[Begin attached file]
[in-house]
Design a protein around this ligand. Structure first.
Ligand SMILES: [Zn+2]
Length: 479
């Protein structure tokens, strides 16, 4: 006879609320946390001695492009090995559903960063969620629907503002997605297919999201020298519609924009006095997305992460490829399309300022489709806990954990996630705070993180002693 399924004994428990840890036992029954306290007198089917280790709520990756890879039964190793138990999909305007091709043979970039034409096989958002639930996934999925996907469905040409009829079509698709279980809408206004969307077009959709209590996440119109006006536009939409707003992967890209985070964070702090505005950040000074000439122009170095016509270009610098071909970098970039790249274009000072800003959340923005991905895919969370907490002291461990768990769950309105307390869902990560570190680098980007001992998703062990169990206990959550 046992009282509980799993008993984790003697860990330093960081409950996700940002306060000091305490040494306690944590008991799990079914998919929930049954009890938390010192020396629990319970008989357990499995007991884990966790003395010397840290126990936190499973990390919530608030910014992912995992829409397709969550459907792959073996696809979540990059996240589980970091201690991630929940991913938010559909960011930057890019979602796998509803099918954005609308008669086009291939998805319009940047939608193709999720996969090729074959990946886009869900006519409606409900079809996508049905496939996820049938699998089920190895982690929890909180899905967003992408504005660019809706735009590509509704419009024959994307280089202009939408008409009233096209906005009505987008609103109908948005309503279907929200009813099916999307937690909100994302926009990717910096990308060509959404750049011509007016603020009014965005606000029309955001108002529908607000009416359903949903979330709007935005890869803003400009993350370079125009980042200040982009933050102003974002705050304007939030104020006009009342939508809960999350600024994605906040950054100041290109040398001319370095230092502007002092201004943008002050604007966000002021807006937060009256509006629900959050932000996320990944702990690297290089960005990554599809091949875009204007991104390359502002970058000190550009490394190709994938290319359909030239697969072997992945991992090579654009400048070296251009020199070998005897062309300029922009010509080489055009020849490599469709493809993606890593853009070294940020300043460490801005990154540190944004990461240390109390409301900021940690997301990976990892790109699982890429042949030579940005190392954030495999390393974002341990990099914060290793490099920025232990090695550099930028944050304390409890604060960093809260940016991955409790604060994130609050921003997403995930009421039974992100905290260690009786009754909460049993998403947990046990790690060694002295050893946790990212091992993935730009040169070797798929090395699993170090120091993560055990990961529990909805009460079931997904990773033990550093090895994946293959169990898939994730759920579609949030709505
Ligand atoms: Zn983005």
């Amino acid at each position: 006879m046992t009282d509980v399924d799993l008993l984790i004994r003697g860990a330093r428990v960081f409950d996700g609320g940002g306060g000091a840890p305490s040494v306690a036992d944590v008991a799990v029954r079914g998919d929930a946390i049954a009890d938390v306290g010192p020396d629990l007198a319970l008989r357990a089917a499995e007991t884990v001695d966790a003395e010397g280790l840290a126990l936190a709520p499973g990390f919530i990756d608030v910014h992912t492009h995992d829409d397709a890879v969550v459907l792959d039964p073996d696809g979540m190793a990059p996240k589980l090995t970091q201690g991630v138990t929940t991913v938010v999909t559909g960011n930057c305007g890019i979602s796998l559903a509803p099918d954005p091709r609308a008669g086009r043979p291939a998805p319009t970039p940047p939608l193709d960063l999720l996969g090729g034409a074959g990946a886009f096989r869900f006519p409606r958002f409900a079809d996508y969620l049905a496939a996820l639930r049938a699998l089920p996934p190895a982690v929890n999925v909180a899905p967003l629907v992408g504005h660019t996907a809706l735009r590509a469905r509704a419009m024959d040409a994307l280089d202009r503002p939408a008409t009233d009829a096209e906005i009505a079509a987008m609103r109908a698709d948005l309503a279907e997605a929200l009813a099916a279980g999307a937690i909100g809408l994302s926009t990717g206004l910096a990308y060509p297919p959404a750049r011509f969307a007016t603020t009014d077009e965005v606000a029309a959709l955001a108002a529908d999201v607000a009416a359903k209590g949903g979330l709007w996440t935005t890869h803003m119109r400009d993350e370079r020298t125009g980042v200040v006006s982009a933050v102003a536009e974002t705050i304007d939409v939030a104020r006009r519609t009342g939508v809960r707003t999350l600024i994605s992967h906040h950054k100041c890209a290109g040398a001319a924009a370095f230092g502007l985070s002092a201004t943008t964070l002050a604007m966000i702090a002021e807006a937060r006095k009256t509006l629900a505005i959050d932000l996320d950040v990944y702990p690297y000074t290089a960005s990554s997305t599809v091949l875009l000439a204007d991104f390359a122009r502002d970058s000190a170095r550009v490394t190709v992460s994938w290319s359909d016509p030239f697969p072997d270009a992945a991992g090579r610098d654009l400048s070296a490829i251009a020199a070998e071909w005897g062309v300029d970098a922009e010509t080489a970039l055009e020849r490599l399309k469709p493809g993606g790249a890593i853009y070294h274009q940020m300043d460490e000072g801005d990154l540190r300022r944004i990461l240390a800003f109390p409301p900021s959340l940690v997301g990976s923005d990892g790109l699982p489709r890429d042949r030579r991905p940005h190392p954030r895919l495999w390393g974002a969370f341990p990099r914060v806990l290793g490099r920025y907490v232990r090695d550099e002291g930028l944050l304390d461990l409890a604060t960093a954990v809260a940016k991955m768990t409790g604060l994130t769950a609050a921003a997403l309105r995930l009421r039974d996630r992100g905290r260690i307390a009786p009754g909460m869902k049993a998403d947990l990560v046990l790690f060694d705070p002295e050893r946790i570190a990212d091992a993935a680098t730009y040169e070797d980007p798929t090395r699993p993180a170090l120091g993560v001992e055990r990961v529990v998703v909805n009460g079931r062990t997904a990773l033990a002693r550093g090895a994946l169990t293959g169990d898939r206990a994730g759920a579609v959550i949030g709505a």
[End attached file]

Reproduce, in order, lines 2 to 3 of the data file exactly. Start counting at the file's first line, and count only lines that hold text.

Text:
Design a protein around this ligand. Structure first.
Ligand SMILES: [Zn+2]